The second part of the book lays out options and suggests ways of evaluating them. First, in chapter six, the author reviews the resurgence of an "anointment Christology" in the work of Heribert Mühlen and Walter Kasper. The basic argument calls for recognition of the need for Logos and Spirit to go together in Christology. Such a position finds support in the New Testament, in which particularly the Gospel of John serves as the basic biblical source. It is only the fear of adoptionism (which the author regards as not the necessary implication) which has kept historically pneumatological Christology from receiving its due recognition as a basic New Testament motif and a necessary theological correction. The next chapter reviews critically some contemporary articulations of the Trinity by examining mainly the theologies of Karl Barth, Eberhard Jüngel, Wolfhart Pannenberg, and Jürgen Moltmann. The discussion offers a helpful and detailed examination of the strength and weaknesses of each position, and serves to launch B.s own constructive proposal. But before the conclusion of the book that bears its itle, we have a summary of three possible options for the contemporary articulation of pneumatology. The first is the Spirit-Son reciprocity as elaborated in Hans Urs von Balthasar Eastern-friendly adaptation of the filioque. The second is the Orthodox renewal of the doctrine of divine energeia. Finally, there is the elaboration of the patristic idea of perichoresis (236-246). Recognizing these options helpful advances in the discussion, B. finds them still wanting and suggests a new reading of the social doctrine of the Trinity, which, unlike sometimes alleged, is not concerned only with the "irreducible plurality of persons," but primarily "with inner-trinitarian relationality" (246). To elaborate this further, the author finds inspiring support in the older Western trinitarian tradition as represented by Richard of St. Victor. In Richards recasting of the Augustinian motif of the vinculum amoris B. finds a guiding thread that bypasses the majority opinion in the West which goes from Augustine through Thomas, and from there establishes itself as the hegemonic interpretation. Richard will provide the main argument sought for in the book, i. E., that both "the Spirit and the Son must be capable of being the subject of acts that relate each to the other" (252). The final chapter summarizes the work and draws the fundamental criteria for pneumtology in the midst of the challenges ecumenical theology is faced with. According to the author this challenge is the one that calls for a combination of a Christological pneumatology with a pneumatological Christology, a doctrine of the Logos with a theory of anointing by the Spirit, an utterance of the truth of the faith combined with an abiding love. This is the point of the book: the theological search for truth must necessarily lead to a religious life of love.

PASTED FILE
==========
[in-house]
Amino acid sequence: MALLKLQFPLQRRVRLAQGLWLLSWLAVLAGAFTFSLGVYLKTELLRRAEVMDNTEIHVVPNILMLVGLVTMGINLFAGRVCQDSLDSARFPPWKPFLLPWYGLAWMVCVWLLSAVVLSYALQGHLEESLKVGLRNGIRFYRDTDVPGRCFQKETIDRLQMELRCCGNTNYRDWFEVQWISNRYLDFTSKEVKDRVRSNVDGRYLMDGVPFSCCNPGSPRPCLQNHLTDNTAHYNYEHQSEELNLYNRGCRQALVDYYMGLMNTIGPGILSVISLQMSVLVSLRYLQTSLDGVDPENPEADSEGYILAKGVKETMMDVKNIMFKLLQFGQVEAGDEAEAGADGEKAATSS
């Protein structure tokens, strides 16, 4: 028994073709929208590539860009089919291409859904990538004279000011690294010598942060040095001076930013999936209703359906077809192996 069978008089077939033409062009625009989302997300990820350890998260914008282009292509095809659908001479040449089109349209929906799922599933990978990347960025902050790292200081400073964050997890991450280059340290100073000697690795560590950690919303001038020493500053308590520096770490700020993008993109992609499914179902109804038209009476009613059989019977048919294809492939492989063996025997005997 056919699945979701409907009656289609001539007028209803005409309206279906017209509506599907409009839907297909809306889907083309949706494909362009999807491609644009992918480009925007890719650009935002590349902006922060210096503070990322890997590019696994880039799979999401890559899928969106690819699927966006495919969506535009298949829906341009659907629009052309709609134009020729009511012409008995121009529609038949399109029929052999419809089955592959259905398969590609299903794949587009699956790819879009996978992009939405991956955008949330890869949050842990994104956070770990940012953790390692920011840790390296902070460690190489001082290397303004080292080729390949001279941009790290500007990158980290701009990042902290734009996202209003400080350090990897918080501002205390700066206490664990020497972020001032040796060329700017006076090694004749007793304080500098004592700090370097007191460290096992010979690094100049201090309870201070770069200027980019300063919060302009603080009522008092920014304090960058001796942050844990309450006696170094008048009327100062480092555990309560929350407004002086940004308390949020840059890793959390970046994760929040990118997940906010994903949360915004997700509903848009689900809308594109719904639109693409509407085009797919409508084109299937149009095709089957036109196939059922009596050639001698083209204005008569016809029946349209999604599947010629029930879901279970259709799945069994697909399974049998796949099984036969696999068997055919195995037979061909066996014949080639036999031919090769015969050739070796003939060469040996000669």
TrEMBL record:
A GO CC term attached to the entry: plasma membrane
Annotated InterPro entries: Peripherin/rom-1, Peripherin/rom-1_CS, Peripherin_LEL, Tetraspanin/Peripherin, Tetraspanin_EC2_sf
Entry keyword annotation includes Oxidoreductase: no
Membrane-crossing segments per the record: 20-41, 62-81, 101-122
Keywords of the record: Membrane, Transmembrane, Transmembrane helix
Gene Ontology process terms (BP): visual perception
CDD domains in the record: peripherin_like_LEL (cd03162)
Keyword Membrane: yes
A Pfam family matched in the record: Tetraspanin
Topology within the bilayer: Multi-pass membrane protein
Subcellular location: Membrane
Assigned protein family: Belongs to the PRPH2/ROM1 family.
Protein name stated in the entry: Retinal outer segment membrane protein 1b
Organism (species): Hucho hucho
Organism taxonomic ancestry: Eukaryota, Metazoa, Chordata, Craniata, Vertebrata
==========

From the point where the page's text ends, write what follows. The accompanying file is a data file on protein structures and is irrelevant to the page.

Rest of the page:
The book closes with a helpful bibliography which, unfortunately, for its date of publication (1997) goes only to works publishd in the end of the 1980s, missing thus some important more recent developments in pneumatology.